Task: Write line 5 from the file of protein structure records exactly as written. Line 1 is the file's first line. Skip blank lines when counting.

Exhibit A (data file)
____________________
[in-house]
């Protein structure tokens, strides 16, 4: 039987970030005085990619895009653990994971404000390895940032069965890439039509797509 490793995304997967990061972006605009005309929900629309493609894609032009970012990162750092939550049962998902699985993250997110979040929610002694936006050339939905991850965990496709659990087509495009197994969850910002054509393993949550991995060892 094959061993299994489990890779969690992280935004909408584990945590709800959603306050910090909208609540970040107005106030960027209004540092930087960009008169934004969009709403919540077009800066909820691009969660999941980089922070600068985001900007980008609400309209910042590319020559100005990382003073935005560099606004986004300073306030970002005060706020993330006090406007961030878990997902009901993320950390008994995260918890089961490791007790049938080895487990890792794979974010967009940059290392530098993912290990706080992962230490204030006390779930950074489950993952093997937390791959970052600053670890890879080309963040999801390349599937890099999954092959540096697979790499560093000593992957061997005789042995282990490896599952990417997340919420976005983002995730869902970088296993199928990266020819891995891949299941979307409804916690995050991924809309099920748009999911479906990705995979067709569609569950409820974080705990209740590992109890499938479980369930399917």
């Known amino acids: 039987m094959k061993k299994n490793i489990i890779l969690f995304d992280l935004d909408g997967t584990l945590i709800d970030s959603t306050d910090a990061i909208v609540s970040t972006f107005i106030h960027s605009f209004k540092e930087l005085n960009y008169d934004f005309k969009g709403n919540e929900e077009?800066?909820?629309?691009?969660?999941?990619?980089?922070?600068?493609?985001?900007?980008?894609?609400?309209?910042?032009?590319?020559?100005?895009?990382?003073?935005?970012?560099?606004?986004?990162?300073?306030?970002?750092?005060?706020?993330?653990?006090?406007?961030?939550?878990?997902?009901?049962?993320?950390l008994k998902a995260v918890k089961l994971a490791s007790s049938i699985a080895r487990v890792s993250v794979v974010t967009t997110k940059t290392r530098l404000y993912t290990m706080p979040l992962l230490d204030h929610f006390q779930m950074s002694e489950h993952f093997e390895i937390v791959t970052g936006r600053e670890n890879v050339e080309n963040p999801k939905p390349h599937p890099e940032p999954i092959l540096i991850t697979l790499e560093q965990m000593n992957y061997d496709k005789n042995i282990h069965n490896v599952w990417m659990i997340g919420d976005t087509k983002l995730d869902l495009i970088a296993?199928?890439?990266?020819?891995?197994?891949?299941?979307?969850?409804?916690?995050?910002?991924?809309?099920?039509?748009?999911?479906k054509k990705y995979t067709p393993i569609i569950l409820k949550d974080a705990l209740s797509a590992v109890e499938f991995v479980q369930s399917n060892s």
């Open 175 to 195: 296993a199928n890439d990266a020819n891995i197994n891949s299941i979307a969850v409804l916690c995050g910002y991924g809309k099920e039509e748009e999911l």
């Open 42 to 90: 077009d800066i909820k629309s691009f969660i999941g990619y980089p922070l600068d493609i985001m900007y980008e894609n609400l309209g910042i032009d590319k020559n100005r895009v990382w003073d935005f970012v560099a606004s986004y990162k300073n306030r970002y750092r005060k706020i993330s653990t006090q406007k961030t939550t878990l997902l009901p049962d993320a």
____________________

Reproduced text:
């Open 42 to 90: 077009d800066i909820k629309s691009f969660i999941g990619y980089p922070l600068d493609i985001m900007y980008e894609n609400l309209g910042i032009d590319k020559n100005r895009v990382w003073d935005f970012v560099a606004s986004y990162k300073n306030r970002y750092r005060k706020i993330s653990t006090q406007k961030t939550t878990l997902l009901p049962d993320a």